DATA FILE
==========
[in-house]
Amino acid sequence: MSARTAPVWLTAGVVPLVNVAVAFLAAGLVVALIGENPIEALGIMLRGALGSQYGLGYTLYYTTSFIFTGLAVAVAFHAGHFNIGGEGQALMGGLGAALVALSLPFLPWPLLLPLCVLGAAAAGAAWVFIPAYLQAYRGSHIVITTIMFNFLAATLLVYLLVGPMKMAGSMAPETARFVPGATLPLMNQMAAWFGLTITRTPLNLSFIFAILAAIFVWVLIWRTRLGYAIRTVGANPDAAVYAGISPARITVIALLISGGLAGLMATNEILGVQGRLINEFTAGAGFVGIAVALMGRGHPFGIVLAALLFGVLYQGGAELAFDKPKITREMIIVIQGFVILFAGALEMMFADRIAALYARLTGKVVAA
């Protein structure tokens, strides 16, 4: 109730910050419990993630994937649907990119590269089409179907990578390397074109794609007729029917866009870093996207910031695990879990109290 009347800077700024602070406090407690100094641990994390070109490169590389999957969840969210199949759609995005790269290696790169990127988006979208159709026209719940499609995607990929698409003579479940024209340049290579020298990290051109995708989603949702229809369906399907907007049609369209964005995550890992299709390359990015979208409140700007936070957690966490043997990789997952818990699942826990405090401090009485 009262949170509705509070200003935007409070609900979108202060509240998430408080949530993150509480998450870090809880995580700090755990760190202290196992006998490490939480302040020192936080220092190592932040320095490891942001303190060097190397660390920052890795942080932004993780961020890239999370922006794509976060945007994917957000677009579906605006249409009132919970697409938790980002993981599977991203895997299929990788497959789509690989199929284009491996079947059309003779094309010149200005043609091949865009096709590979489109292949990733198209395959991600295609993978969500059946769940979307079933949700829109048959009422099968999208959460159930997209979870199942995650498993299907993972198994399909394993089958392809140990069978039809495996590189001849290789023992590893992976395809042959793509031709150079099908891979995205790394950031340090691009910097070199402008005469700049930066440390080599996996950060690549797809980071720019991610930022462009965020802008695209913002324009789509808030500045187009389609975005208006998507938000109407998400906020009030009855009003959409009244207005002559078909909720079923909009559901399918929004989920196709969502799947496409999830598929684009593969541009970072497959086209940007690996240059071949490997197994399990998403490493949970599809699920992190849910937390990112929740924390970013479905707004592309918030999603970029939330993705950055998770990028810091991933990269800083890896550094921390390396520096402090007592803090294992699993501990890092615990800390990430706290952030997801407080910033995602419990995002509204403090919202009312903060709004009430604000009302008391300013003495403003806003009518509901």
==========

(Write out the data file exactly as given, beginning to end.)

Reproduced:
[in-house]
Amino acid sequence: MSARTAPVWLTAGVVPLVNVAVAFLAAGLVVALIGENPIEALGIMLRGALGSQYGLGYTLYYTTSFIFTGLAVAVAFHAGHFNIGGEGQALMGGLGAALVALSLPFLPWPLLLPLCVLGAAAAGAAWVFIPAYLQAYRGSHIVITTIMFNFLAATLLVYLLVGPMKMAGSMAPETARFVPGATLPLMNQMAAWFGLTITRTPLNLSFIFAILAAIFVWVLIWRTRLGYAIRTVGANPDAAVYAGISPARITVIALLISGGLAGLMATNEILGVQGRLINEFTAGAGFVGIAVALMGRGHPFGIVLAALLFGVLYQGGAELAFDKPKITREMIIVIQGFVILFAGALEMMFADRIAALYARLTGKVVAA
């Protein structure tokens, strides 16, 4: 109730910050419990993630994937649907990119590269089409179907990578390397074109794609007729029917866009870093996207910031695990879990109290 009347800077700024602070406090407690100094641990994390070109490169590389999957969840969210199949759609995005790269290696790169990127988006979208159709026209719940499609995607990929698409003579479940024209340049290579020298990290051109995708989603949702229809369906399907907007049609369209964005995550890992299709390359990015979208409140700007936070957690966490043997990789997952818990699942826990405090401090009485 009262949170509705509070200003935007409070609900979108202060509240998430408080949530993150509480998450870090809880995580700090755990760190202290196992006998490490939480302040020192936080220092190592932040320095490891942001303190060097190397660390920052890795942080932004993780961020890239999370922006794509976060945007994917957000677009579906605006249409009132919970697409938790980002993981599977991203895997299929990788497959789509690989199929284009491996079947059309003779094309010149200005043609091949865009096709590979489109292949990733198209395959991600295609993978969500059946769940979307079933949700829109048959009422099968999208959460159930997209979870199942995650498993299907993972198994399909394993089958392809140990069978039809495996590189001849290789023992590893992976395809042959793509031709150079099908891979995205790394950031340090691009910097070199402008005469700049930066440390080599996996950060690549797809980071720019991610930022462009965020802008695209913002324009789509808030500045187009389609975005208006998507938000109407998400906020009030009855009003959409009244207005002559078909909720079923909009559901399918929004989920196709969502799947496409999830598929684009593969541009970072497959086209940007690996240059071949490997197994399990998403490493949970599809699920992190849910937390990112929740924390970013479905707004592309918030999603970029939330993705950055998770990028810091991933990269800083890896550094921390390396520096402090007592803090294992699993501990890092615990800390990430706290952030997801407080910033995602419990995002509204403090919202009312903060709004009430604000009302008391300013003495403003806003009518509901």